Ive had a few friends of my daughter who I dont know try to friend me on face book and Ive ignored it. I am uncomfortable being friends with kids who I dont know for lots of reasons!

    However.

    I did join facebook originally so I could keep an eye on my kids. Glad I did. My stepson has been a bit naughty on there from time to time and Ive had to remind him that he's friends with little kids who will see some of the things he's been posting to his wall! Eek!!

  • http://bloggertropolis.blogspot.com/ Steve

    Tricky. My best mate's son – who doesn't get on well with his dad – came to me when he feared he'd got his girlfriend pregnant. He begged me not to tell him but I was at a loss as to how much I could help him (and his gf) without their parental involvement. However, I'd promised to keep his confidence so there was no way back from that. I gave him the best advice I could and also tried to pursuade him to tell his parents himself. In the end it all proved to be a false alarm but I found it sad that the kid couldn't talk to his own parents the one time he really needed to.

  • http://newdaynewlesson.com/ Susie @ Newdaynewlesson

    LOL-I have one son (18) who refuses to friend and the other (almost 20) who is my friend. My two younger kids 11 and 13 had no choice but to friend me plus I have their passwords and log on info.

    The two younger ones had a lot of talks by their teachers in school about internet safety and my kids took it seriously.

    I want my other son to friend me…I promise I won't post embarrassing photos on his wall.

  • vegemitevix

    I've been impressed with my kids, the two older ones both check out the blog and are even ever-so-slightly thrilled when they're on it. On Facebook I try to keep a respectful distance.

  • vegemitevix

    That's exactly the sort of problem I've encountered. I did have one teenager who really needed some help from his parents and I had to figure out an ingenious way of getting the message through without losing his trust. It is sad to think kids can't talk to their folks, but it's good that there is a global village of concerned netizens, isn't it?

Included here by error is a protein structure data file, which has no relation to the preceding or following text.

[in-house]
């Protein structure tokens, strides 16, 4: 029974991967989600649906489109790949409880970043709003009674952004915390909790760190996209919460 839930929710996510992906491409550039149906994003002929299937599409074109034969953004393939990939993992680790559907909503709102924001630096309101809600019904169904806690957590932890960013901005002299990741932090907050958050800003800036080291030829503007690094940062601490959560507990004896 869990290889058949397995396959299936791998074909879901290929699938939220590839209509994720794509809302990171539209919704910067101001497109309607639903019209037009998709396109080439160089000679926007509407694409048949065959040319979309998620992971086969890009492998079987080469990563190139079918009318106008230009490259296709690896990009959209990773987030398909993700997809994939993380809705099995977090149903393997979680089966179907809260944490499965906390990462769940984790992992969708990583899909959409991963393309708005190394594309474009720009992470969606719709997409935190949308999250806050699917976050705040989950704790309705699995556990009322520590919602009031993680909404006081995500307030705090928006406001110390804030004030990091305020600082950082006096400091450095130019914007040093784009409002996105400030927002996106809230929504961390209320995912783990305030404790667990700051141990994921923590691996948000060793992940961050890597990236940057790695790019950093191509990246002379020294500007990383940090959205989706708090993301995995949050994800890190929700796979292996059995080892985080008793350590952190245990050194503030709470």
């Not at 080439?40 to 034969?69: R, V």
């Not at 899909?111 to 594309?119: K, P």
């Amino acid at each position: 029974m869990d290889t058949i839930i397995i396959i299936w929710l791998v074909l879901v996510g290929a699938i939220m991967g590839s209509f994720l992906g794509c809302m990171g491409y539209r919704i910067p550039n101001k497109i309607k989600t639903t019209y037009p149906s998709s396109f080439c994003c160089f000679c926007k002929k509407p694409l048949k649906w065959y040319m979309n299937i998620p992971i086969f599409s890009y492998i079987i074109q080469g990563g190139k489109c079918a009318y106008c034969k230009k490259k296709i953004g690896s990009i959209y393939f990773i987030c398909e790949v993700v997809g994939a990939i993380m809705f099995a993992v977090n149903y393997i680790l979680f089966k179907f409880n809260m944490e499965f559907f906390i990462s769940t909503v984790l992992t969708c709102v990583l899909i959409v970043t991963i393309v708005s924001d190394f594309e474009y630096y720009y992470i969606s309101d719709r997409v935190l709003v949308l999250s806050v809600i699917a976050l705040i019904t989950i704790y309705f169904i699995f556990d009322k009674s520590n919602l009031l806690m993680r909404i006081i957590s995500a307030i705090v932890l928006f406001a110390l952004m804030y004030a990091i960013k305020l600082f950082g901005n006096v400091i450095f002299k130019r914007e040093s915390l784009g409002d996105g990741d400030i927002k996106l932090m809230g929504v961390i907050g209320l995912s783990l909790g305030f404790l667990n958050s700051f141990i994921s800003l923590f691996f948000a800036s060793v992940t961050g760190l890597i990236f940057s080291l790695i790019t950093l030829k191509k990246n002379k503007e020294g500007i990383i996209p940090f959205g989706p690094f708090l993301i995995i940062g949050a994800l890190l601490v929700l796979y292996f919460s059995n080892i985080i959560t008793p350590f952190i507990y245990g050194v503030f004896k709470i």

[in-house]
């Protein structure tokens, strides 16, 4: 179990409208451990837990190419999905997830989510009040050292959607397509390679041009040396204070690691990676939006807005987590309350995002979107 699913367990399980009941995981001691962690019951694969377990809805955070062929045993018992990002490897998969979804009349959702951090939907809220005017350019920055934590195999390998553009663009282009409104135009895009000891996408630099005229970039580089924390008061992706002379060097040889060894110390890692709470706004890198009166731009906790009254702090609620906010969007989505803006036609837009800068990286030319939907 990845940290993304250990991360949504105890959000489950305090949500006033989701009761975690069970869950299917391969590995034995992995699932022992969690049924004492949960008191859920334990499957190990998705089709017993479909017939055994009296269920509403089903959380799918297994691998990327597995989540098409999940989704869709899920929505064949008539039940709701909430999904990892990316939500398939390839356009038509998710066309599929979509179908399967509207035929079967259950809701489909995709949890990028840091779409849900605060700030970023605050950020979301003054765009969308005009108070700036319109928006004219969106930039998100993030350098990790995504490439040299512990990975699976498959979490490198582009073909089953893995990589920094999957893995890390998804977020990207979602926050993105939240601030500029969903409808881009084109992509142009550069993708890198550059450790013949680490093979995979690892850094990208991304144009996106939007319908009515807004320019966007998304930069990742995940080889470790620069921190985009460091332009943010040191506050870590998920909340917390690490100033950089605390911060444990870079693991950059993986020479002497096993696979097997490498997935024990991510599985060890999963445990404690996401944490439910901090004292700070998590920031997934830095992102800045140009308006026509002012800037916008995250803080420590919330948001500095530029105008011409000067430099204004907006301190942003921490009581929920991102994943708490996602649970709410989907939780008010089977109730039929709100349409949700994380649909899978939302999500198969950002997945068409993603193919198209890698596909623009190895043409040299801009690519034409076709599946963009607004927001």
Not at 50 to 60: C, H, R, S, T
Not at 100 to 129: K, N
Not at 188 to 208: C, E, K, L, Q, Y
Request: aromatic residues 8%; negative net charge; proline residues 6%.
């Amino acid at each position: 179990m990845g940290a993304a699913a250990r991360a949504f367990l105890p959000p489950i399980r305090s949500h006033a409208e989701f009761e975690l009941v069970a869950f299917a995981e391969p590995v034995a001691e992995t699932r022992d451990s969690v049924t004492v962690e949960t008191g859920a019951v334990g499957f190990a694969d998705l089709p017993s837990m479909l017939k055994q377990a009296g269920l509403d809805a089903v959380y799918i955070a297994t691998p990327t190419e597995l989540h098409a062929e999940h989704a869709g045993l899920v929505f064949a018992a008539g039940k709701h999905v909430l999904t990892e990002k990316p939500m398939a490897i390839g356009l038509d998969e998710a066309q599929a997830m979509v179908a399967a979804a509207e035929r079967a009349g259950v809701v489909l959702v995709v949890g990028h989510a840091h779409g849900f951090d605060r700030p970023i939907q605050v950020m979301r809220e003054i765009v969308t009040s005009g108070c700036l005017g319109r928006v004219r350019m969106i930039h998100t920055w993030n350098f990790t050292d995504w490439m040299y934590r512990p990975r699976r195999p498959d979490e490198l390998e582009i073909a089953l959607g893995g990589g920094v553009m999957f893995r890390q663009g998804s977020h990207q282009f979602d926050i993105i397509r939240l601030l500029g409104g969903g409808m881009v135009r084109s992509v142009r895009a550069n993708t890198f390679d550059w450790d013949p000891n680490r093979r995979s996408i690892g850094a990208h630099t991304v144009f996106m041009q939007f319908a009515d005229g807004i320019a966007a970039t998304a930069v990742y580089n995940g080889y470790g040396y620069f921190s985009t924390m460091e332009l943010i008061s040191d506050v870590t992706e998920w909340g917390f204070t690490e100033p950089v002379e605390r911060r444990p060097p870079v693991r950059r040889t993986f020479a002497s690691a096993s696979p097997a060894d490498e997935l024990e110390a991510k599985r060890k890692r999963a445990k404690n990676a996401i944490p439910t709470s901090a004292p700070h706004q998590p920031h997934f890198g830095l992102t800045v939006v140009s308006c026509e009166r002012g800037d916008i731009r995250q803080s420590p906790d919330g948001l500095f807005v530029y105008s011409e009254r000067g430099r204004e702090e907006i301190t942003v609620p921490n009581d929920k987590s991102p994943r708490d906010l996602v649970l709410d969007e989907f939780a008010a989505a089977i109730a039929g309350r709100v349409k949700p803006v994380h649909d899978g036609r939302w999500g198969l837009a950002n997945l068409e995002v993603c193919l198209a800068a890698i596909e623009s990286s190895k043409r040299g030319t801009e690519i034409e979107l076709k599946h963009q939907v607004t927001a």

• vegemitevix

    I'm with you on this one. I try to encourage my young friends to remember that everything you post on FB or anywhere online is immortal and can come back to bite you in the bum. Being young and carefree, they don't always listen ;-p

  • vegemitevix

    It's the older ones who are a bit of a problem really. They want that independence but on the other hand they're not really ready for it. I have a couple of friends' kids who are my friends and I've never dobbed them in, though if something was really amiss I would definately try to sort it out with them first and then go to their parents. I'd hope people would do the same for me with my kids.

  • scribblingmum

    My 15 year old niece un-friended me on FB and it still hurts. But more than that I worry about what she's doing that she doesn't want me to see! The only one of us grown ups that she's still friends with is a tour manager for bands and knows famous people. Funny that. My sister is very trusting of it all but I do worry, you truly never do know whether people are who they say they are and, I agree with you, as a parent my allegiance would be to the other parent.

  • greerbeasty